‘Moreover those very powers, which are to be expressly vested in the new Congress, are of a nature most liable to abuse. They are those which tempt the avarice and ambition of men to a violation of the rights of their fellow citizens, and they will be screened under the sanction of an undefined and unlimited authority…’
Now think of the last presidential election:
‘…We know that there scarcely ever was an election of such an officer without the interposition of foreign powers. Two causes prevail to make them intermeddle in such cases:—one is, to preserve the balance of power; the other, to preserve their trade. These causes have produced interferences of foreign powers in the election of the king of Poland. All the great powers of Europe have interfered in an election which took place not very long ago, and would not let the people choose for themselves. We know how much the powers of Europe have interfered with Sweden. Since the death of Charles XII, that country has been a republican government. Some powers were willing it should be so; some were willing her imbecility should continue; others wished the contrary; and at length the court of France brought about a revolution, which converted it into an absolute government. Can America be free from these interferences? France, after losing Holland, will wish to make America entirely her own. Great Britain will wish to increase her influence by a still closer connection. It is the interest of Spain, from the contiguity of her possessions in the western hemisphere to the United States, to be in an intimate connection with them, and influence their deliberations, if possible. I think we have every thing, to apprehend from such interferences. It is highly probable the President will be continued in office for life. To gain his favor, they will support him. Consider the means of importance he will have by creating officers. If he has a good understanding with the Senate, they will join to prevent a discovery of his misdeeds.…’ June 18, 1788 – a speech by William Grayson ‘On the Mode of Electing the President.’
Sam Adams on Foreign Influence:
TO JAMES WARREN. PHILADE Feb 1st 1781 – ‘You & I have been long struggling for the Liberty of our Country. I believe its Independence will be finally acknowledgd by the World. But are not many Nations England in particular called Independent? And do you think the People of England are free. No People, in my opinion can be long free who are not virtuous; and it is no Sign of Virtue, when the Councils of an enlightned Country are directed by a foreign Influence. If I were a Minister at a foreign Court, my Vanity might be flatterd, in imagining that by having Address enough to rule its Measures, I might fix myself in the Esteem and Confidence of my Country, but I should entertain a contemptible Opinion of the Wisdom & Virtue of that Court if it would suffer me to do it. The Councils of a Nation must be weak in the extreme, or it must be reducd to the greatest Degree of Dependence to submit to so servile a Condition. You will not think I have the remotest Reference in what I now say, jealous as I allow my self to be, to the Amphictyon of the United States of America. It is presumd they will always have too high a Sense of their Dignity to suffer themselves & their Nation to be degraded. But when Peace is happily settled & a Number of foreign Ministers are about our Court, it will require Men of great Knowledge of the World & Experience in Affairs to penetrate their various Intrigues. I have been assured that the Court of France would be highly disgusted with any of its Ministers if they should improperly interfere in our Councils; and indeed when I consider the Jealousy of a rising Republick, I think nothing would equal the Impolicy of their attempting it, but the Imprudence of Congress in submitting to it.’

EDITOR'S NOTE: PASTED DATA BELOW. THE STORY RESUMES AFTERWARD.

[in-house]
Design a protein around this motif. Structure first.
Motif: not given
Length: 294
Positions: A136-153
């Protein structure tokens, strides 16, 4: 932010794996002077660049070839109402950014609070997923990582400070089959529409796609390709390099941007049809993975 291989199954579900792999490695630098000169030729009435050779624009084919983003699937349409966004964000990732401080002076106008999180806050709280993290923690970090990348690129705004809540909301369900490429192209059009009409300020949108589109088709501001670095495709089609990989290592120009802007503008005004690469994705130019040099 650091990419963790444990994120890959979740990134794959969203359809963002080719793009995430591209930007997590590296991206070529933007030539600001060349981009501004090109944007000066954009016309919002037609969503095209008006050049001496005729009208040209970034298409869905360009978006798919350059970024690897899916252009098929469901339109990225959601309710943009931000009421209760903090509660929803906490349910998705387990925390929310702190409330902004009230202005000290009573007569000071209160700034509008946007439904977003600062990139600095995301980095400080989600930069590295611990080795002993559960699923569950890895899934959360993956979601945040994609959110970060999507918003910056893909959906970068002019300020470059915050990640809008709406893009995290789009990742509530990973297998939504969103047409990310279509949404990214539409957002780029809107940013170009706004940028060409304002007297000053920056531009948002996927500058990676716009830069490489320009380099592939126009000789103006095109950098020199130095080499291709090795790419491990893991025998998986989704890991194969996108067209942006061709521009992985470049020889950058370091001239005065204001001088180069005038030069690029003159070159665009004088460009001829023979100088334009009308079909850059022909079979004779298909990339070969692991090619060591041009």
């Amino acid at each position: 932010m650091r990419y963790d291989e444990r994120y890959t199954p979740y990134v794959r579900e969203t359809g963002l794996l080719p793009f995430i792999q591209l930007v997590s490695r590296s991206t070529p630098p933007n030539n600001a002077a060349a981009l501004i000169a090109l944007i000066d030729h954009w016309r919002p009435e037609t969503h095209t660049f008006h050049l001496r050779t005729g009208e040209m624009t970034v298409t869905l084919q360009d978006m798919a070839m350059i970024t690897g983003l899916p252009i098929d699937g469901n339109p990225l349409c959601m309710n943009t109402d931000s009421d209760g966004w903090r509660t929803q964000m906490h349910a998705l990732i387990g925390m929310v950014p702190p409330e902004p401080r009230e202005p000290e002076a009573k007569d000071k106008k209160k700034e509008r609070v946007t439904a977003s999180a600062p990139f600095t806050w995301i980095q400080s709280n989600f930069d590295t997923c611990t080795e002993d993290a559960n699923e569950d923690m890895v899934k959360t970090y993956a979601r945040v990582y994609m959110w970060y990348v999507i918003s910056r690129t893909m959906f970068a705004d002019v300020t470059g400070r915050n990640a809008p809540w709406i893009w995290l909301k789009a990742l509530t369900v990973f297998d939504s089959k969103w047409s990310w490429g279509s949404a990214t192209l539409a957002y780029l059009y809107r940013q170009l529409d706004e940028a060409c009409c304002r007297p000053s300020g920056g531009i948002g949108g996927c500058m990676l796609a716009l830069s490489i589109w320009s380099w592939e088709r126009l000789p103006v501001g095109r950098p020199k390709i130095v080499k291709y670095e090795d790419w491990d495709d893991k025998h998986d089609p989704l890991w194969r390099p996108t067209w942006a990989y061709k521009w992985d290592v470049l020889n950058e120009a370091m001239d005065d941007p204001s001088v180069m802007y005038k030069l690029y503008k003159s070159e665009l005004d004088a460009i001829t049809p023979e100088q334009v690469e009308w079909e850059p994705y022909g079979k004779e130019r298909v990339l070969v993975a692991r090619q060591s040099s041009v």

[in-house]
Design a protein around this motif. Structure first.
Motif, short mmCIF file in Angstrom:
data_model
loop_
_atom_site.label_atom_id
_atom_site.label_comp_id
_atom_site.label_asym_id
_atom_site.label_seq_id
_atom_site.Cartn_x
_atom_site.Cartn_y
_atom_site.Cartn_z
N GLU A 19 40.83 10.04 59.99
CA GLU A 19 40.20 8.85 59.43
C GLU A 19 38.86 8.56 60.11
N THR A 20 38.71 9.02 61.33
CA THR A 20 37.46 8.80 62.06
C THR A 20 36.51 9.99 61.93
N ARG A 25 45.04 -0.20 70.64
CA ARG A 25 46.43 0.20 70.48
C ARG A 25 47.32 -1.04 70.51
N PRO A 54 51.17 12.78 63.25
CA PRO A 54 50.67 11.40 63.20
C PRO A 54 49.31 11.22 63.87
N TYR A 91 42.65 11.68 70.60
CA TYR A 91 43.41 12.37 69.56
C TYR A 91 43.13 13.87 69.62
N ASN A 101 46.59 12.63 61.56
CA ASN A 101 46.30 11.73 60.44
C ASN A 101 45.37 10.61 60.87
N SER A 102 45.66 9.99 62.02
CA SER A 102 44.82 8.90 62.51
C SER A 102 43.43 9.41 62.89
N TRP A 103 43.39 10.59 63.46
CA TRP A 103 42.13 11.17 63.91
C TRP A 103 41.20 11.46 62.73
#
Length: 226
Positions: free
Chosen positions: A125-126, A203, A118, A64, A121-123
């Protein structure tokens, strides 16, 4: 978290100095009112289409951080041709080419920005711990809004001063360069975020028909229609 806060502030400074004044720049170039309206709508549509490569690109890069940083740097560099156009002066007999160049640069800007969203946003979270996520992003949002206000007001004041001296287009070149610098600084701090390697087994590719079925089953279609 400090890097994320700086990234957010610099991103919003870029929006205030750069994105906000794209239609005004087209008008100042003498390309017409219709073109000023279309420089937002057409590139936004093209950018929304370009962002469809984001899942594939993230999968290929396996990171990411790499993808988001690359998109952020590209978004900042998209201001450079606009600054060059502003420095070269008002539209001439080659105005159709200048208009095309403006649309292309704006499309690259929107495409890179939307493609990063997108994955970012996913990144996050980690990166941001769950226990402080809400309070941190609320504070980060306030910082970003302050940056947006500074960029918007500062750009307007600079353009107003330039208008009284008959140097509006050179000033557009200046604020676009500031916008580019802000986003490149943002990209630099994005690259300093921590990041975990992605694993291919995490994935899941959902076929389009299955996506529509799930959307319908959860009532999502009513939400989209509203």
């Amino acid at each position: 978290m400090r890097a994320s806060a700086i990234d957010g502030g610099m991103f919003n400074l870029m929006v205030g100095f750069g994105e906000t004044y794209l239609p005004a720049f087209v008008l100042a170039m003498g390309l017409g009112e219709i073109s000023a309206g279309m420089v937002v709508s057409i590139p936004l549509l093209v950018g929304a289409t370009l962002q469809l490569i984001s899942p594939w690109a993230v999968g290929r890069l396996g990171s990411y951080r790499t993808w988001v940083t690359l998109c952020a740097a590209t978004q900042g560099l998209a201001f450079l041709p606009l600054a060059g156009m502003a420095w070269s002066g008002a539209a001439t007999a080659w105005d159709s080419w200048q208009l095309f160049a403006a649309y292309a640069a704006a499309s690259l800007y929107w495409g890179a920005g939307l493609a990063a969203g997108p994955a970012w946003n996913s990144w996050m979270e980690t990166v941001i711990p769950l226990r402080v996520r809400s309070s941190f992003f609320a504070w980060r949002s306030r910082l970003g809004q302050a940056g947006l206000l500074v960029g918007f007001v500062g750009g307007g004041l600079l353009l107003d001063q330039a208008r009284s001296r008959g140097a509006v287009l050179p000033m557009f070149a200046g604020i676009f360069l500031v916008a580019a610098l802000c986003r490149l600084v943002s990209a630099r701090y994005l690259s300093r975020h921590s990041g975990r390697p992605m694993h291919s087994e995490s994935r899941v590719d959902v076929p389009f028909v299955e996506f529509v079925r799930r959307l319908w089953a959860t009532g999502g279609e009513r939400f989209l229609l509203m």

TO JOHN ADAMS. BOSTON Novr 4 1783. – ‘…We live in an Age of Jealousy, and it is well enough. I was led to believe in early Life, that Jealousy is a political Virtue. It has long been an Aphorism with me, that it is one of the greatest Securities of publick Liberty. Let the People keep a watchful Eye over the Conduct of their Rulers; for we are told that Great Men are not at all times wise. It would be indeed a Wonder if in any Age or Country they were always honest. There are however some Men among us, who under the Guise of watchful Patriots, are finding Fault with every publick Measure, with a Design to destroy that just Confidence in Government, which is necessary for the Support of those Liberties which we have so dearly purchas’d. Many of your Countrymen besides myself, feel very grateful to you and those of our Negociators who joyned you, in preventing the Tory Refugees from being obtruded upon us. These would certainly have increasd the Number of such Kind of Patriots as I have mentiond, and besides, their Return would have been attended with other mischievous Effects. Mutual Hatred and Revenge would have occasiond perpetual Quarrels between them & the people & perhaps frequent Bloodshed. Some of them, by Art and Address might gradually recover a Character & in time an Influence, and so become the fittest Instruments in forming Factions either for one foreign Nation or another. We may be in Danger of such Factions, and should prudently expect them. One might venture to predict that they will sooner or later happen. We should therefore guard against the evil Effects of them…’
1. Anti-Federalist Special Edition
2. Samuel Adams Writings Volume IV
7. CIA courting Silicon Valley,August 18, 2000: 3:17 p.m. ET, U.S. spy agency’s venture capital fund now bankrolling 8 high tech startups